In my opinion it should never occur, but unfortunately, each year, a significant number of drownings are reported. They are more common among younger children, more common during holidays, and more likely toward sunset. They may occur at beaches, but with the proliferation of backyard swimming pools in recent years, lots of backyard drownings are occurring. They are more common in private pools than better supervised public ones – this is worth bearing in mind.
Also, it is possible for a child to drown in a few centimetres of water. A fall, leading to temporary stunning with the face. nose and mouth submerged, has led to quite a few fatalities in recent times. Parents should be alerted to these possibilities.
Drowning is more common when the children at play are unsupervised. Stupidity and skylarking with older children has also led to unfortunate accidents. Ideally, an adult should be present when children are using pools, or at the surf. A major no-no are dams in rural places. Even in hot weather, while the upper few centimetres of water may be warm, underneath it is likely to be extremely cold, and this seems to increase the risk of cramps and drowning. Never swim in unknown waterways or where there are chances of hidden debris being just under the surface.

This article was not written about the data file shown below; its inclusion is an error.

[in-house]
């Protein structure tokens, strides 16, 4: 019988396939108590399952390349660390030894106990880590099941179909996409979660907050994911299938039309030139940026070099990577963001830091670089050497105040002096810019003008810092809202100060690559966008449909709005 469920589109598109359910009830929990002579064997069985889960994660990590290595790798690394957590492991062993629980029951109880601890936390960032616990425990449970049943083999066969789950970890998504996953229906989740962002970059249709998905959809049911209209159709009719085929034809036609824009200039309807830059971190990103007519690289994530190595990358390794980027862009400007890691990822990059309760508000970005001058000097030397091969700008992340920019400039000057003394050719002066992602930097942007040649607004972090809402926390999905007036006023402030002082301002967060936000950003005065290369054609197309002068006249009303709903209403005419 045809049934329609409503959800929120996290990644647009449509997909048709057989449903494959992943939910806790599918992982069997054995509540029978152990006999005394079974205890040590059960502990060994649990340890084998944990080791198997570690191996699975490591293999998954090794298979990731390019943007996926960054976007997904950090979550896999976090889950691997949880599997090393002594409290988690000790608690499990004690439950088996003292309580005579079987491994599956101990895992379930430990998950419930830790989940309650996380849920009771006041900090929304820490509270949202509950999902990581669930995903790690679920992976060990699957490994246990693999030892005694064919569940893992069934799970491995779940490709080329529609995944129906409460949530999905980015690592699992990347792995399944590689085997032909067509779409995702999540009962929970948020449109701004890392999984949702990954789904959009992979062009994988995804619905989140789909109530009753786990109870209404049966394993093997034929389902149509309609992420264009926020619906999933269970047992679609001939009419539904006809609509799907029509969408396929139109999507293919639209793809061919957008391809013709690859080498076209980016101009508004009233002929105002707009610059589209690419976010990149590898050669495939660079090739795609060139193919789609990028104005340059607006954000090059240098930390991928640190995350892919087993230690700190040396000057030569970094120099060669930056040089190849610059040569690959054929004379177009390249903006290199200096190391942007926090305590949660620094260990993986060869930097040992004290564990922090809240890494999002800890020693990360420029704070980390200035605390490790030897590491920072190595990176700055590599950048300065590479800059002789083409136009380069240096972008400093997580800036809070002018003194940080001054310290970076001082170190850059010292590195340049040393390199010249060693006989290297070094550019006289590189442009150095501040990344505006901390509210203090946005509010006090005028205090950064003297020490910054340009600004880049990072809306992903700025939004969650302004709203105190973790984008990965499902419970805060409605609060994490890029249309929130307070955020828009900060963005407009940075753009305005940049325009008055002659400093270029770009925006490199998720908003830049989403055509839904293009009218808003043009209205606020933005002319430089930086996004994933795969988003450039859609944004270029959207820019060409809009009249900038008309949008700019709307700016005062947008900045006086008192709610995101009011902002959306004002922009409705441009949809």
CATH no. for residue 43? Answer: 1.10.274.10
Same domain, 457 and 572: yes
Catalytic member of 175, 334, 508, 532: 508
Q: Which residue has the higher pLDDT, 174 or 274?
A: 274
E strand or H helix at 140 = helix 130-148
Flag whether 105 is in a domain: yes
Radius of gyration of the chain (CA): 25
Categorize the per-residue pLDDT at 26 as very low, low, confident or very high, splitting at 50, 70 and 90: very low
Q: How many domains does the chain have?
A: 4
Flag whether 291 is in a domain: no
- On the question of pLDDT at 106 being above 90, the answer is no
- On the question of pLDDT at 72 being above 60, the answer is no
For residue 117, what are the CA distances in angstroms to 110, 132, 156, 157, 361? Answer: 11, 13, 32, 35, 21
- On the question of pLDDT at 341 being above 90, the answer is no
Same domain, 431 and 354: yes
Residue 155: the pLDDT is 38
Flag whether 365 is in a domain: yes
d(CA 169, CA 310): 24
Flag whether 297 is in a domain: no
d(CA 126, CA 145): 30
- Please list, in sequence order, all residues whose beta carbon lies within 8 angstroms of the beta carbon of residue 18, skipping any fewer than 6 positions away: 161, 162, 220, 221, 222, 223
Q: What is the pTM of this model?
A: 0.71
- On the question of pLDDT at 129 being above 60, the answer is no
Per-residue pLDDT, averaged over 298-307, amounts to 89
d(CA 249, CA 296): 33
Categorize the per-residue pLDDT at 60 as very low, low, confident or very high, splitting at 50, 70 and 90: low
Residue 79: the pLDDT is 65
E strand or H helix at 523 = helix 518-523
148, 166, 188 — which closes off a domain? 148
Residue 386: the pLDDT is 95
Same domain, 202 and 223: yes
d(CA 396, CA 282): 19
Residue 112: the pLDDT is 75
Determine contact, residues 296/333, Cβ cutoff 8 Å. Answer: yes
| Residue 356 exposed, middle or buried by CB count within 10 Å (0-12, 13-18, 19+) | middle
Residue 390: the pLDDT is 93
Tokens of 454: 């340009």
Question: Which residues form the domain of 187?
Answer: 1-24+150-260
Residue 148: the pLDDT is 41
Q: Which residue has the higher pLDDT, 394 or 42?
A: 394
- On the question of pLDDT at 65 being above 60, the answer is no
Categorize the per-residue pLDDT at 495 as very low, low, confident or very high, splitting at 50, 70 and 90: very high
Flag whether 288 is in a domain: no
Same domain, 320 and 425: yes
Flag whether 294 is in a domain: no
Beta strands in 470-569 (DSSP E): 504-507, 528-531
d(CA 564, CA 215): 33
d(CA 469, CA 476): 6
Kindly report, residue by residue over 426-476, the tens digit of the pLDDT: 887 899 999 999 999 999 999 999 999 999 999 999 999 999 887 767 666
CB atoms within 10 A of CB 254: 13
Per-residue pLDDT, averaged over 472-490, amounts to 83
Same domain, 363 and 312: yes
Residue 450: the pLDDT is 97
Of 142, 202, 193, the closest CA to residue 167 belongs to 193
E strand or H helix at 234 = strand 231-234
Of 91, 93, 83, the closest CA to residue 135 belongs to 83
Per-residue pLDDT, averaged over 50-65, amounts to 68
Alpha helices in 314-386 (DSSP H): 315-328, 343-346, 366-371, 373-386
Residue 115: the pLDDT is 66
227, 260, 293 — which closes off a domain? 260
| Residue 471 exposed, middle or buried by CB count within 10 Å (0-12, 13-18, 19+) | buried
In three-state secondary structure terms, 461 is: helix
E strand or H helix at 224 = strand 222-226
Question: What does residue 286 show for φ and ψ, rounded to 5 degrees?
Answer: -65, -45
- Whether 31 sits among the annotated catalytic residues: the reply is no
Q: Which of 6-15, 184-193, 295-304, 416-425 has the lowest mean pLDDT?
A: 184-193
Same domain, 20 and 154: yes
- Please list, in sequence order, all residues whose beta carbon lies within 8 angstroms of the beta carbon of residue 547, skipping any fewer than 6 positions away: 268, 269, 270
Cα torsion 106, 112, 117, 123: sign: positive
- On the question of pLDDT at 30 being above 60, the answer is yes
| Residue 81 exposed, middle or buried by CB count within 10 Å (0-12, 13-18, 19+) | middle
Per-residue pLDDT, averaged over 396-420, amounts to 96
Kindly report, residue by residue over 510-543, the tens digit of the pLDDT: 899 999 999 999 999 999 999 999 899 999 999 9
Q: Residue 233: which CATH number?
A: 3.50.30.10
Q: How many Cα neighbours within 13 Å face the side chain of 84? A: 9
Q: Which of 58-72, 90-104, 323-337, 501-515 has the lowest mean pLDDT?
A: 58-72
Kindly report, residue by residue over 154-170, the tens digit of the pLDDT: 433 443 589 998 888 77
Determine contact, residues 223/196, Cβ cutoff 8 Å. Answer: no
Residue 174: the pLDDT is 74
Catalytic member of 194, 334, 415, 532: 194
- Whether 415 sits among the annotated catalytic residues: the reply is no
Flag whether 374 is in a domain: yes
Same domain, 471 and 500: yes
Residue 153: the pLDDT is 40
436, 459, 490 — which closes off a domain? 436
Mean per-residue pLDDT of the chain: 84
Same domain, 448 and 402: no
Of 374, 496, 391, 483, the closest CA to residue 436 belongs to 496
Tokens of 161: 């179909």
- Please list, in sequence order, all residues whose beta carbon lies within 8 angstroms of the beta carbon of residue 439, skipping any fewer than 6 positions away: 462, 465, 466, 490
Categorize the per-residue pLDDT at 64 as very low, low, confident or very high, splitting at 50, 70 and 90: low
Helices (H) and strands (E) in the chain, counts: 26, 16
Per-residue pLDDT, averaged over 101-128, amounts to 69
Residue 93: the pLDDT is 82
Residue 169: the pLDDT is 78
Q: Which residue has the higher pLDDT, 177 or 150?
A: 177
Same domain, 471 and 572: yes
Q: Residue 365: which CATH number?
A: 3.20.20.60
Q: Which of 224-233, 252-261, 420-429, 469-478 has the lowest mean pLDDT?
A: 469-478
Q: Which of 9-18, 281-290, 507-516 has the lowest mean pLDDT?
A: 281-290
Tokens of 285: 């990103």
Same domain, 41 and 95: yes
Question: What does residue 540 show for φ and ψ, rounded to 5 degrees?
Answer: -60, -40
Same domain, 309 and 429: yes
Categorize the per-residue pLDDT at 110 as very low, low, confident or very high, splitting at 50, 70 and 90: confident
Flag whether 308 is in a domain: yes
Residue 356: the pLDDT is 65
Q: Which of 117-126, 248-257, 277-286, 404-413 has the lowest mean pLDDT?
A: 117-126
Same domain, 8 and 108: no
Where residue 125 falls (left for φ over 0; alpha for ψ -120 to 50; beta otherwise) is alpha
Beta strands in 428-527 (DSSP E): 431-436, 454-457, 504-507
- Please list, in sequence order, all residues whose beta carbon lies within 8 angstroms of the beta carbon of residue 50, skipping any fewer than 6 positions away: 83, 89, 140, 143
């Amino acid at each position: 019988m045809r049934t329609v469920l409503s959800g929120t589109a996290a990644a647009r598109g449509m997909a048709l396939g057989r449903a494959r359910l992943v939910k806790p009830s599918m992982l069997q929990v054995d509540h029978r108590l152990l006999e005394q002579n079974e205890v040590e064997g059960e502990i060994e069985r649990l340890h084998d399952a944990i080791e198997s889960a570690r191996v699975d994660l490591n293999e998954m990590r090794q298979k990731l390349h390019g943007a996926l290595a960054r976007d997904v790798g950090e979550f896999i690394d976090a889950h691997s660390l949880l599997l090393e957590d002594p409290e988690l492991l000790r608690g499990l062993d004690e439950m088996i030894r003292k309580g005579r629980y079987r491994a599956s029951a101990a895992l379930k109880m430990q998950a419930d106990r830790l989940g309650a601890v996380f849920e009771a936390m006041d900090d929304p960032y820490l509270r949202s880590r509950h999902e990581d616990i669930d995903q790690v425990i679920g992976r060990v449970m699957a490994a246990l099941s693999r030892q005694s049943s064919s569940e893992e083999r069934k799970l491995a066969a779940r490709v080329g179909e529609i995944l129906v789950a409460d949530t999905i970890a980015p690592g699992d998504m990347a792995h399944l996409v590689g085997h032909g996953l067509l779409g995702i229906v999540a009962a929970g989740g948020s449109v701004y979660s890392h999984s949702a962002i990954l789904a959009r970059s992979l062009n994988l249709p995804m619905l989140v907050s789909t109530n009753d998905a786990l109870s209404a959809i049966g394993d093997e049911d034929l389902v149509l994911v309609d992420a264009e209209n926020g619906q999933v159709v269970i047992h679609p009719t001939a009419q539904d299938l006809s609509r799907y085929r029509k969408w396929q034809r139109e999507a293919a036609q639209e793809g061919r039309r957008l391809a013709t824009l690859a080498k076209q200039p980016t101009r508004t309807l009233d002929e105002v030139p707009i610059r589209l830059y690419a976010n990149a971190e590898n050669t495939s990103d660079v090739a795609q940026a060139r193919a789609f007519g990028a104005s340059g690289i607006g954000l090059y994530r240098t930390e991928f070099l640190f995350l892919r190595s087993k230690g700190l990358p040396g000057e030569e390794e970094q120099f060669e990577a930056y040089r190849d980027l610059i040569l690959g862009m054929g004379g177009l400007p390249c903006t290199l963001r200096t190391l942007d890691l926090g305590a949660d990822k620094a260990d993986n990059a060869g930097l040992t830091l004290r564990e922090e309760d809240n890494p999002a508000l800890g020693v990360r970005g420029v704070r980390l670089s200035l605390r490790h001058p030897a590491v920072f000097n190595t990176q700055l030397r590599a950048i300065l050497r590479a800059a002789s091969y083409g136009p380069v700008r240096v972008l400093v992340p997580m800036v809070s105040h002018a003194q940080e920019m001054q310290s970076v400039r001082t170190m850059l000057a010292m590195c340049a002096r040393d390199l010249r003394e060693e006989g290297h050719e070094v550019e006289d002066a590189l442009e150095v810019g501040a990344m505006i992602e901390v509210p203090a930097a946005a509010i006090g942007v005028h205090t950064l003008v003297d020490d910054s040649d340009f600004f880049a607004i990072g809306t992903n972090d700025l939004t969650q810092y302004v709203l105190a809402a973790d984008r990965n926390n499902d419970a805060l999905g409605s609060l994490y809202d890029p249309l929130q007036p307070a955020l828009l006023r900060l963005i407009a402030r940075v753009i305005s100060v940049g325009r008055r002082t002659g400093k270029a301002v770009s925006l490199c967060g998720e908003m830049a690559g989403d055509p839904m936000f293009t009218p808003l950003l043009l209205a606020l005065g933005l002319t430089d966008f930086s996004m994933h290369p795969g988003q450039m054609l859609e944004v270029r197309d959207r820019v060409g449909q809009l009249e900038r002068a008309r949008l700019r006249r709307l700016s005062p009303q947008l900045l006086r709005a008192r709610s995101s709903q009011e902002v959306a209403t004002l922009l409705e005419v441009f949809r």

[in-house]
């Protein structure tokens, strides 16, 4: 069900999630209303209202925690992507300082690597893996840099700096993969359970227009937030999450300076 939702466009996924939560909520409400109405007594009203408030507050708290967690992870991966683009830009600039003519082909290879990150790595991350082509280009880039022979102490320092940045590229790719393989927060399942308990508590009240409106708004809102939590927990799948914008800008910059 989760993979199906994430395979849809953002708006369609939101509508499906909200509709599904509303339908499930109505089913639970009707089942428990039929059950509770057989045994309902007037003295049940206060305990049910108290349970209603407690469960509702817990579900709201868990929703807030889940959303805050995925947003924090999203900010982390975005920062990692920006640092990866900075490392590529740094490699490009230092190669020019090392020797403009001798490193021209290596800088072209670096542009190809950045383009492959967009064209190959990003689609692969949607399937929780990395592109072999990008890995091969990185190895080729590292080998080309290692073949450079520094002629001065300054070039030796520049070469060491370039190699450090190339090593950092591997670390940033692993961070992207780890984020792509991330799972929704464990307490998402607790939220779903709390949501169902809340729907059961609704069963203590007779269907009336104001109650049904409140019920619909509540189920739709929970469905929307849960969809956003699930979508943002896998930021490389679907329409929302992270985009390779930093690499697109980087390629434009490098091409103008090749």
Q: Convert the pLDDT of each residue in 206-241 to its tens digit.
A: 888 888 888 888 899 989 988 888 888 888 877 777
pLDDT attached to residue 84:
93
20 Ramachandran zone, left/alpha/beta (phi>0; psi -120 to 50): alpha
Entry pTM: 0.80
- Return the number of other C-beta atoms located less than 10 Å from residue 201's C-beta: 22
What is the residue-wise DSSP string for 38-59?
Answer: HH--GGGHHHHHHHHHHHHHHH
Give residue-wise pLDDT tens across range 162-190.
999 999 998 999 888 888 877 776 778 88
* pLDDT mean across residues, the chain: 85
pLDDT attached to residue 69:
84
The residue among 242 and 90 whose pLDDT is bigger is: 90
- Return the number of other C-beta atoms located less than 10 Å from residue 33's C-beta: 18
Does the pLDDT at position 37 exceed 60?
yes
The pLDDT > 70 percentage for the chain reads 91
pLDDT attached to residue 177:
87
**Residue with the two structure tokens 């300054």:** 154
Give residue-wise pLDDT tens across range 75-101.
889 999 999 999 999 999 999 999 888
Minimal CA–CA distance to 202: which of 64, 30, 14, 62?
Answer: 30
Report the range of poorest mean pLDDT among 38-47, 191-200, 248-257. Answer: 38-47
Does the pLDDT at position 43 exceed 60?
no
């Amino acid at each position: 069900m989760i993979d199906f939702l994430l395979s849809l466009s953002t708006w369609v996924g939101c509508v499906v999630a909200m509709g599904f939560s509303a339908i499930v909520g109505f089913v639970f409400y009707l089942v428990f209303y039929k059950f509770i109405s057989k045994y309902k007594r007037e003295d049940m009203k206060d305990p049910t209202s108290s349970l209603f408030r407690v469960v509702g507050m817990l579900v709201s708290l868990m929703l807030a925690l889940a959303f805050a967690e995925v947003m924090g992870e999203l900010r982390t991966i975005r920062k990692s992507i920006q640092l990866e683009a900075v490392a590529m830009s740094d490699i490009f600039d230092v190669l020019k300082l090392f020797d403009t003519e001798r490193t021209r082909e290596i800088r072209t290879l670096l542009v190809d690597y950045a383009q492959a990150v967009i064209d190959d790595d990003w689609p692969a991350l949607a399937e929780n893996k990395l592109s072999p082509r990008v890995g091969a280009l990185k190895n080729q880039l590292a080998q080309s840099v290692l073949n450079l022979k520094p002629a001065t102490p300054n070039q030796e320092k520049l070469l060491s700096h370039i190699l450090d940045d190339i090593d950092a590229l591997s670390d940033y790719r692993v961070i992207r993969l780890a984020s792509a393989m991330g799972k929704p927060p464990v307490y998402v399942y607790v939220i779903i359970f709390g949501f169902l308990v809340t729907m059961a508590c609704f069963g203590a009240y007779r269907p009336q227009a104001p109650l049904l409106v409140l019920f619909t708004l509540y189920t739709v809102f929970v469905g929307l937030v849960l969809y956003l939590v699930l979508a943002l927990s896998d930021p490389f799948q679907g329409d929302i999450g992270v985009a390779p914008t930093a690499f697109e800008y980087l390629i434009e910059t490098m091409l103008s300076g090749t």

It’s possible for children to become good swimmers in the first year of life. Training must continue, for they often forget after a break. The sooner children learn how to swim and save themselves from a potentially dangerous situation, the better.
Ideally older children and parents should know the basics of artificial resuscitation. Knowing how to initiate breathing, and also how to start a heart beating once more after it has ceased is imperative if you wish to be of maximum help to a person who has suddenly “died” for any reason. Drownings probably head the list with children, but electrocution and other situations may also require this as an emergency measure.